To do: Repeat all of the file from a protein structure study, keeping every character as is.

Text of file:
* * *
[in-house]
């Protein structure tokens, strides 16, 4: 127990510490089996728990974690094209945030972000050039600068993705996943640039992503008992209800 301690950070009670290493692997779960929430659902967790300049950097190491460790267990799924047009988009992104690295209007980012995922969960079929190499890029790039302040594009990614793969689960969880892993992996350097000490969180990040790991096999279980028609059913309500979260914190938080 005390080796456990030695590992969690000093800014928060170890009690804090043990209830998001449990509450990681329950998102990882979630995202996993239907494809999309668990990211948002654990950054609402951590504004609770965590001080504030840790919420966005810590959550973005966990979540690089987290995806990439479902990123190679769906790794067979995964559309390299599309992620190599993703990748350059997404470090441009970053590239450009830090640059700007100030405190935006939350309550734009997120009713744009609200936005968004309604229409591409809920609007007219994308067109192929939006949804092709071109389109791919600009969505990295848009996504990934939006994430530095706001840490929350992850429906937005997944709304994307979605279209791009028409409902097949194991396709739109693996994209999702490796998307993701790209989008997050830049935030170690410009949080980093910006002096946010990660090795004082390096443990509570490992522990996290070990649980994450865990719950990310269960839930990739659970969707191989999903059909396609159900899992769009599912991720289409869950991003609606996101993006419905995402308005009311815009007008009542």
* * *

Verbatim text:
[in-house]
């Protein structure tokens, strides 16, 4: 127990510490089996728990974690094209945030972000050039600068993705996943640039992503008992209800 301690950070009670290493692997779960929430659902967790300049950097190491460790267990799924047009988009992104690295209007980012995922969960079929190499890029790039302040594009990614793969689960969880892993992996350097000490969180990040790991096999279980028609059913309500979260914190938080 005390080796456990030695590992969690000093800014928060170890009690804090043990209830998001449990509450990681329950998102990882979630995202996993239907494809999309668990990211948002654990950054609402951590504004609770965590001080504030840790919420966005810590959550973005966990979540690089987290995806990439479902990123190679769906790794067979995964559309390299599309992620190599993703990748350059997404470090441009970053590239450009830090640059700007100030405190935006939350309550734009997120009713744009609200936005968004309604229409591409809920609007007219994308067109192929939006949804092709071109389109791919600009969505990295848009996504990934939006994430530095706001840490929350992850429906937005997944709304994307979605279209791009028409409902097949194991396709739109693996994209999702490796998307993701790209989008997050830049935030170690410009949080980093910006002096946010990660090795004082390096443990509570490992522990996290070990649980994450865990719950990310269960839930990739659970969707191989999903059909396609159900899992769009599912991720289409869950991003609606996101993006419905995402308005009311815009007008009542």